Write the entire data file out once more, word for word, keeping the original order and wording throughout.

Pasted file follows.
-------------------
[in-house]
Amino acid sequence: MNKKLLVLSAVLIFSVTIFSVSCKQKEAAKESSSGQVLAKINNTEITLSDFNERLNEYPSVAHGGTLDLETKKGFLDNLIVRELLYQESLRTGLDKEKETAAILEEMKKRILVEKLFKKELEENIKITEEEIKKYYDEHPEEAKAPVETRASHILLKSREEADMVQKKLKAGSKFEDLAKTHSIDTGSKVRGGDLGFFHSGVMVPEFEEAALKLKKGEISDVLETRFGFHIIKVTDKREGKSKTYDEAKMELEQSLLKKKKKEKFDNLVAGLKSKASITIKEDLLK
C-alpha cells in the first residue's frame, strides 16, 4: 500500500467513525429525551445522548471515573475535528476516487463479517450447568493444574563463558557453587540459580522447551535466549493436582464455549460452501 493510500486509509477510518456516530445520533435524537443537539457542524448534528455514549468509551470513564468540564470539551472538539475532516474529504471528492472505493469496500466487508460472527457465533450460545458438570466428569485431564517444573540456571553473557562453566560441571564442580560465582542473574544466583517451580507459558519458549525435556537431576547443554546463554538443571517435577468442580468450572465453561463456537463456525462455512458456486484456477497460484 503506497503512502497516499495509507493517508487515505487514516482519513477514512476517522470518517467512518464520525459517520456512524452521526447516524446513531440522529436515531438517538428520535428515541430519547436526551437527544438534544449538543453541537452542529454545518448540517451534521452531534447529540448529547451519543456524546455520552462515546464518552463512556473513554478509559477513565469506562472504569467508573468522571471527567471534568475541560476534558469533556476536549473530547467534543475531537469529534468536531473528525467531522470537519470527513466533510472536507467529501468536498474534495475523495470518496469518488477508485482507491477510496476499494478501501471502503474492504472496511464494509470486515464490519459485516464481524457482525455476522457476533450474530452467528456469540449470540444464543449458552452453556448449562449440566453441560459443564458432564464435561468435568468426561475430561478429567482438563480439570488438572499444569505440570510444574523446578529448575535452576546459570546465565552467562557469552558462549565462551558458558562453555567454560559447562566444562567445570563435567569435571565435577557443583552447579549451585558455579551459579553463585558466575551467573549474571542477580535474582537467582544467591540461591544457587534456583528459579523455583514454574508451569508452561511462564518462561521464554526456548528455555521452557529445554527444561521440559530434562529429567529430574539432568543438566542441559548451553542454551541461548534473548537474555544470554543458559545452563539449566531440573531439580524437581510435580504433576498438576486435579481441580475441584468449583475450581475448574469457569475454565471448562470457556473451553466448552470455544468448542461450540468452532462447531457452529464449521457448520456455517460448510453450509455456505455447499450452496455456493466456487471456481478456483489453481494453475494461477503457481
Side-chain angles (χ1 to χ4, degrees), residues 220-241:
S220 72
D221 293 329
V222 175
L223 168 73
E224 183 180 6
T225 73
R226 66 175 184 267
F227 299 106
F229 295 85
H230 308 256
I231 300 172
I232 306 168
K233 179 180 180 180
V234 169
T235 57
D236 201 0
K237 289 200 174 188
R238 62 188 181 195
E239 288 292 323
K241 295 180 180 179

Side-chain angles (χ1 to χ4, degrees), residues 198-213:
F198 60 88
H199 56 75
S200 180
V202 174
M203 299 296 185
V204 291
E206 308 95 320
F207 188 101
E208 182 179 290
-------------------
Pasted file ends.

[in-house]
Amino acid sequence: MNKKLLVLSAVLIFSVTIFSVSCKQKEAAKESSSGQVLAKINNTEITLSDFNERLNEYPSVAHGGTLDLETKKGFLDNLIVRELLYQESLRTGLDKEKETAAILEEMKKRILVEKLFKKELEENIKITEEEIKKYYDEHPEEAKAPVETRASHILLKSREEADMVQKKLKAGSKFEDLAKTHSIDTGSKVRGGDLGFFHSGVMVPEFEEAALKLKKGEISDVLETRFGFHIIKVTDKREGKSKTYDEAKMELEQSLLKKKKKEKFDNLVAGLKSKASITIKEDLLK
C-alpha cells in the first residue's frame, strides 16, 4: 500500500467513525429525551445522548471515573475535528476516487463479517450447568493444574563463558557453587540459580522447551535466549493436582464455549460452501 493510500486509509477510518456516530445520533435524537443537539457542524448534528455514549468509551470513564468540564470539551472538539475532516474529504471528492472505493469496500466487508460472527457465533450460545458438570466428569485431564517444573540456571553473557562453566560441571564442580560465582542473574544466583517451580507459558519458549525435556537431576547443554546463554538443571517435577468442580468450572465453561463456537463456525462455512458456486484456477497460484 503506497503512502497516499495509507493517508487515505487514516482519513477514512476517522470518517467512518464520525459517520456512524452521526447516524446513531440522529436515531438517538428520535428515541430519547436526551437527544438534544449538543453541537452542529454545518448540517451534521452531534447529540448529547451519543456524546455520552462515546464518552463512556473513554478509559477513565469506562472504569467508573468522571471527567471534568475541560476534558469533556476536549473530547467534543475531537469529534468536531473528525467531522470537519470527513466533510472536507467529501468536498474534495475523495470518496469518488477508485482507491477510496476499494478501501471502503474492504472496511464494509470486515464490519459485516464481524457482525455476522457476533450474530452467528456469540449470540444464543449458552452453556448449562449440566453441560459443564458432564464435561468435568468426561475430561478429567482438563480439570488438572499444569505440570510444574523446578529448575535452576546459570546465565552467562557469552558462549565462551558458558562453555567454560559447562566444562567445570563435567569435571565435577557443583552447579549451585558455579551459579553463585558466575551467573549474571542477580535474582537467582544467591540461591544457587534456583528459579523455583514454574508451569508452561511462564518462561521464554526456548528455555521452557529445554527444561521440559530434562529429567529430574539432568543438566542441559548451553542454551541461548534473548537474555544470554543458559545452563539449566531440573531439580524437581510435580504433576498438576486435579481441580475441584468449583475450581475448574469457569475454565471448562470457556473451553466448552470455544468448542461450540468452532462447531457452529464449521457448520456455517460448510453450509455456505455447499450452496455456493466456487471456481478456483489453481494453475494461477503457481
Side-chain angles (χ1 to χ4, degrees), residues 220-241:
S220 72
D221 293 329
V222 175
L223 168 73
E224 183 180 6
T225 73
R226 66 175 184 267
F227 299 106
F229 295 85
H230 308 256
I231 300 172
I232 306 168
K233 179 180 180 180
V234 169
T235 57
D236 201 0
K237 289 200 174 188
R238 62 188 181 195
E239 288 292 323
K241 295 180 180 179

Side-chain angles (χ1 to χ4, degrees), residues 198-213:
F198 60 88
H199 56 75
S200 180
V202 174
M203 299 296 185
V204 291
E206 308 95 320
F207 188 101
E208 182 179 290